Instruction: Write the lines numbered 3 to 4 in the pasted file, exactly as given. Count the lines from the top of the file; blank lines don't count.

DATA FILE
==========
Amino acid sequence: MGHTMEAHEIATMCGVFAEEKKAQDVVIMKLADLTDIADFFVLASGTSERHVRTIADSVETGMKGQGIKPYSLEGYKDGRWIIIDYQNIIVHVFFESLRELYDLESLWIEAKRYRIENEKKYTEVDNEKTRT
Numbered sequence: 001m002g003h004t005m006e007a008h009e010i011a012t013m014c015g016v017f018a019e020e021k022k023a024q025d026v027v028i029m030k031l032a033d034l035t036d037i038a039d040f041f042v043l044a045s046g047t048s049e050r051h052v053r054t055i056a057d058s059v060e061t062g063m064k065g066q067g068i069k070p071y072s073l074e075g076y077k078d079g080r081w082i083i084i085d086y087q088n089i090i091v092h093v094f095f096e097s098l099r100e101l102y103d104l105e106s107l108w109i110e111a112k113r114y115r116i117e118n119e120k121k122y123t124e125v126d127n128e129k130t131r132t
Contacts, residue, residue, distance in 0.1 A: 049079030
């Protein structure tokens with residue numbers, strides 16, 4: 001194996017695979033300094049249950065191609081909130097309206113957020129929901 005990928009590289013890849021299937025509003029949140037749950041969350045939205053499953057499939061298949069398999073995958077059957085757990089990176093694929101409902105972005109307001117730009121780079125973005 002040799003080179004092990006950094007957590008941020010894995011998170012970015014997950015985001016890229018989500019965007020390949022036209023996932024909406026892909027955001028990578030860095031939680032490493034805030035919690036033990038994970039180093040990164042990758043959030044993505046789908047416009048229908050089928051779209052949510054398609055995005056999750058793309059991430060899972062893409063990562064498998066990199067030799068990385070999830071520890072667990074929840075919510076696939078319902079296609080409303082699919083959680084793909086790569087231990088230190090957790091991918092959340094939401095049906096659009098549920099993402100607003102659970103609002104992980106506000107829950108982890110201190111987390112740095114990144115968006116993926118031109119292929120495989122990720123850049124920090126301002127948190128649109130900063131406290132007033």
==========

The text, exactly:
Contacts, residue, residue, distance in 0.1 A: 049079030
């Protein structure tokens with residue numbers, strides 16, 4: 001194996017695979033300094049249950065191609081909130097309206113957020129929901 005990928009590289013890849021299937025509003029949140037749950041969350045939205053499953057499939061298949069398999073995958077059957085757990089990176093694929101409902105972005109307001117730009121780079125973005 002040799003080179004092990006950094007957590008941020010894995011998170012970015014997950015985001016890229018989500019965007020390949022036209023996932024909406026892909027955001028990578030860095031939680032490493034805030035919690036033990038994970039180093040990164042990758043959030044993505046789908047416009048229908050089928051779209052949510054398609055995005056999750058793309059991430060899972062893409063990562064498998066990199067030799068990385070999830071520890072667990074929840075919510076696939078319902079296609080409303082699919083959680084793909086790569087231990088230190090957790091991918092959340094939401095049906096659009098549920099993402100607003102659970103609002104992980106506000107829950108982890110201190111987390112740095114990144115968006116993926118031109119292929120495989122990720123850049124920090126301002127948190128649109130900063131406290132007033």